Afterlives. The title of the new English-language book on Akerman’s work, edited by Marion Schmid and Emma Wilson, is poignant, painful even, but perhaps the most fitting for this very collection. It’s been almost four years now that Chantal Akerman left us. She left an immense hole behind, an absence, which cannot (and perhaps shouldn’t) be filled by someone else. At the same time, she has left behind a magnificent collection of films, documentaries and video installations that will accompany us for a very long time to come. These works become the director’s afterlives.
If one had only one word to describe the extraordinary trajectory of Chantal Akerman, one of the great visionaries of modern cinema, it should probably be courage.
This is it. The first sentence of the book and perhaps the best first sentence of a book on a director like Akerman. Everything else is complementary. It is this word, courage, which contains everything one needs to know about the director. Making her first film as a very young woman, a teenager almost: courage. Carving out a position for herself in a male-dominated industry: courage. Defying long-established norms in cinema: courage. Living a life as a haunted second-generation Holocaust survivor: courage. Marion Schmid and Emma Wilson did an excellent job in introducing us to Akerman’s life and work, two elements that are difficult to consider as separate entities. They are, instead, deeply intertwined. Films such as Là-bas, D’Est or No Home Movie show this. But this is the result of a shift, according to the book’s editors, a shift away from a ‘cinema of bodies’ to an engagement with the subject of memory and identity. Her cinema is a cinema of (be)longing, of a constant search.
Schmid and Wilson’s introduction is thorough and sets the tone for a book, which surprised me by its approach. It would have been easy to focus on the now standard works by Akerman, but this is not the path the editors have taken. Giuliana Bruno’s Passages through Time and Space, which she wrote in memory of Akerman, is a heartfelt tribute, in which she suggests that Akerman’s work is part of our intimate fabric. Bruno speaks of the role of time and space, and about what she calls psychogeography, all of which had been central elements in the director’s films. She feels a “distant intimacy” in Akerman’s video installations, “a psychic atmosphere that transpires on the surface of things.”
Nothing cannot happen. The pain and colour of the bruise must remain.
Carol Mavor’s Moeder, Maman, Mom is a daring chapter, which is a persistent push-and-pull between memories of Akerman’s work, memories of Mavor’s mother, of the author’s first reading of Anne Frank’s journal. It’s a chapter on and of fragments, a fragmented chain of memories and associations that are fascinating and challenging at the same time. The chapter almost reads like traumatic memories, which come and go, used by Mavor whenever they appear, without a chronological order. I can only salute the editors for including this wonderful piece in their collection.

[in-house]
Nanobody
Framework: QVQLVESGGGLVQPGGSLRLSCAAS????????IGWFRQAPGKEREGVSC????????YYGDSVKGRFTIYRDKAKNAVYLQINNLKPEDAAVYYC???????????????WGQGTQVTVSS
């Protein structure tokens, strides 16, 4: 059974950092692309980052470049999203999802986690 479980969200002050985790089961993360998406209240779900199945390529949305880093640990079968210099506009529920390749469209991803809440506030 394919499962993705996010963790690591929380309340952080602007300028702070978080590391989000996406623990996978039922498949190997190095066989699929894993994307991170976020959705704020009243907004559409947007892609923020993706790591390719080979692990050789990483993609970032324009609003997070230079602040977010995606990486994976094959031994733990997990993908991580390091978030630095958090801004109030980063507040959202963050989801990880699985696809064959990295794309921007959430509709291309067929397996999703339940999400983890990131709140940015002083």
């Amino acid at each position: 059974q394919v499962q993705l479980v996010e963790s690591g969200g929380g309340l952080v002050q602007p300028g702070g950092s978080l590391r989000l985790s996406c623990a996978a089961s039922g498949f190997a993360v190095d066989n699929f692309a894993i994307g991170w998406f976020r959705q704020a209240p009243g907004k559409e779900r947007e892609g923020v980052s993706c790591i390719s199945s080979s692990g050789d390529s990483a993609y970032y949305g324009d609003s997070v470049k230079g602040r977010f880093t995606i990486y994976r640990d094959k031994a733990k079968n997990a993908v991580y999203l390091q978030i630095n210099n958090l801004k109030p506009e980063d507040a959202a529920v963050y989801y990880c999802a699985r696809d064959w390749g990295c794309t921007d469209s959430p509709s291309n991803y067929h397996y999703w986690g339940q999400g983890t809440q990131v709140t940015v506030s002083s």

There are other chapters that struck me because they looked at elements of Akerman’s work that have so far not been in the foreground. Jeanny Chamarette contributed Ageless: Akerman’s Avatars in which she explores agelessness in the work of Akerman but also in cinema, identifying agelessness as “an ambivalent form of cinematic resistance.” I couldn’t help but think of photography, this medium that has allowed us to stop time with a single click, and, with that, to stop ageing, if only in a photograph. Chamarette writes that ageing “is something refused, denied, exchanged in an oddly permanent and strangely replaceable relation between generations of on-screen women.” For her, in particular in the context of ageing, Akerman’s is a cinema of resistance.
To smoke a cigarette, indeed, both functions as an indexing of time, or a way of measuring time passing.
Alica Blackhurst’s chapter on the display of smoking in Akerman’s work is another original contribution that I particularly liked, especially because Blackhurst connects the process of smoking to the measurement of time. In some ways, we could then argue that the cigarette becomes a haptic clock. For Blackhurst it can also be considered “a baton to apportion time; or to attenuate the act of waiting.”
What I like in Schmid and Wilson’s book is the breadth of content it offers. It is not a book about the “usual” subjects we speak about in the context of Akerman’s cinema. There is work on the director’s installations; there is work on, yes, ageing and smoking; there is work on what Albertine Fox calls “vocal landscapes”; and there is also work on Akerman’s use of light in Cyril Béghin’s excellent chapter Light out of Joint.
Overall, the book makes a valid and interesting contribution to existing writing on Chantal Akerman. This isn’t self-evident nowadays. I often feel as though publications are made for the sake of it, not in order to add something new to the field. Schmid and Wilson’s book was therefore a pleasant surprise. It makes me sad, however, that in 2019, I have to highlight the fact that this book on a women director was edited and also largely written by women. At times, it fills me with despair that we need to note this as something special, but unfortunately we haven’t quite reached a stage in academic publishing where men and women have equal chances for publication. Maybe, this is a beginning…